The actuarially projected period of time a person is expected to live. Life expectancies are averages based on factors such as the sex and current age of an individual. Although illustrations may sometimes be provided for durations only up to “life expectancy,” roughly half the population would be expected to live beyond life expectancy.
The cash surrender value for a give policy year divided by the cumulative premiums paid through the end of that policy year.
The point at which a policy’s cash value equals its face amount. For policies satisfying the definition of life insurance under IRC §7702, endowment/maturity can occur no sooner than age 95. [Also see endowment.]
An insurance funding strategy where the policy buyer specifies the contribution amount and the insurer determines the value that will be accumulated, referred to as “defined contribution” design.
An insurance funding strategy where the policy buyer specifies the amount of the death benefit desired and the insurer determines the minimum premium needed to fund the policy, referred to as “defined-benefit” design.
A separate charge made on variable products as a percentage of the account value to cover the insurer’s potential deficiencies in the explicit cost of insurance and expense charges. In the absence of poor experience, the M&E risk charge contributes to insurer profits. No comparable explicit charges is made with general account products; on those products, similar loads are part of the undisclosed spread between credited and earned interest rates.
A table that presents expected death rates by individual age. The death rates vary from one mortality table to another depending upon the type of experience on which the data is based. Large insurance companies will often develop their own mortality tables based on experience under their own policies.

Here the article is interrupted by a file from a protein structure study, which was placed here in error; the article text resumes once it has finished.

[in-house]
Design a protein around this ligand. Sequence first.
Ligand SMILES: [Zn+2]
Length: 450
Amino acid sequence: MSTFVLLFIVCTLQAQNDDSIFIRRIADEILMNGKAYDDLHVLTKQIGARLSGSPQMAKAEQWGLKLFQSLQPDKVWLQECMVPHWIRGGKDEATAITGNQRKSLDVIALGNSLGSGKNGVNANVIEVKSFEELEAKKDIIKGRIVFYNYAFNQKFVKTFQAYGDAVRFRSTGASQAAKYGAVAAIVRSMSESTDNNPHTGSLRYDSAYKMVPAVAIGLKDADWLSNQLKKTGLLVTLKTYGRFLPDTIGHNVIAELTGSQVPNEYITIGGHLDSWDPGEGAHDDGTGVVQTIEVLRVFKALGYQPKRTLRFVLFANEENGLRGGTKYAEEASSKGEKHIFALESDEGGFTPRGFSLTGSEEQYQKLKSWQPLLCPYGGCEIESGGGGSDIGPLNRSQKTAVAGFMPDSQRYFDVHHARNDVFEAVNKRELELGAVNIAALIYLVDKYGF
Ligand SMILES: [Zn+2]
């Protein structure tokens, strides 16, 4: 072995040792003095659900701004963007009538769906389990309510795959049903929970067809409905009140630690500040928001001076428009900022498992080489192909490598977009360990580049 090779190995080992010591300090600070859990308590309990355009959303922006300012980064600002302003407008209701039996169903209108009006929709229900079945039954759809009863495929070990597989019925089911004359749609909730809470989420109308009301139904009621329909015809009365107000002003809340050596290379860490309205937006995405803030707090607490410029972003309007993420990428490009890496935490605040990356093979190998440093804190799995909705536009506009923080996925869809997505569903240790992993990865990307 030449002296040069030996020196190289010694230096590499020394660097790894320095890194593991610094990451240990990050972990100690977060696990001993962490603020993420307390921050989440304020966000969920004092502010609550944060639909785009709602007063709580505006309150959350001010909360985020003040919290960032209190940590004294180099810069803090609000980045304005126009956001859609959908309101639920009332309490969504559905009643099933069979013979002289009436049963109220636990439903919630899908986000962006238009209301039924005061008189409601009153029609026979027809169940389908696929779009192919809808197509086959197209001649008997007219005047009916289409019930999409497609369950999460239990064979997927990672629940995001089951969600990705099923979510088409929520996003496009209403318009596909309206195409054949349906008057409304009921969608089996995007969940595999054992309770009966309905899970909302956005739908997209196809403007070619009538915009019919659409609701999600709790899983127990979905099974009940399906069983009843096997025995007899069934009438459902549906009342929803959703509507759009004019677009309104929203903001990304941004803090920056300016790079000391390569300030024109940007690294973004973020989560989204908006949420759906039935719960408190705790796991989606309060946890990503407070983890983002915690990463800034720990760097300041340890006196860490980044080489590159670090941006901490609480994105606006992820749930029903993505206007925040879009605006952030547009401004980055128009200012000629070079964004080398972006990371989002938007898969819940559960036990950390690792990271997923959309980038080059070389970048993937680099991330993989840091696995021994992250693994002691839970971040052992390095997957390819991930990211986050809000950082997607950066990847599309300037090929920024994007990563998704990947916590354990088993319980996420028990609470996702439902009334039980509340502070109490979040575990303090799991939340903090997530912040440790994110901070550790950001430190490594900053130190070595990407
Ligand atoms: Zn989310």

A health profile designation for policy buyers who have never used tobacco products. [Also see tobacco use.]
A health profile designation for policy buyers who have not used tobacco products for at least two years. [Also see tobacco use.]
A policy funding strategy where premiums are paid until the policy holder attains a pre-determined age.
A policy funding strategy where premiums are paid for a pre-determined number of years.
A policy funding strategy where premiums are paid throughout the life of the policy.
Insurance intended to provide life insurance protection for the entire life of the insured. Permanent insurance differs from term insurance in that its premium structure includes a “savings component.” Permanent insurance policy premiums have two components, the insurance cost (mortality cost, administrative fees, sales loads, etc.) and the “savings component.” The “savings component” typically is referred to as cash value. The policyholder may use the cash value to make the minimum premium payments necessary to maintain the death benefit protection, may access the cash value by taking out loans or making partial surrenders, or may use any combination of these techniques. If permanent insurance is surrendered before death, a surrender charge may be assessed against the cash value. Generally, surrender charges are assessed if the policy is surrendered within the first 10 or 15 years. The amount of money a policyholder will receive upon surrendering a policy is referred to as the cash surrender value (CSV).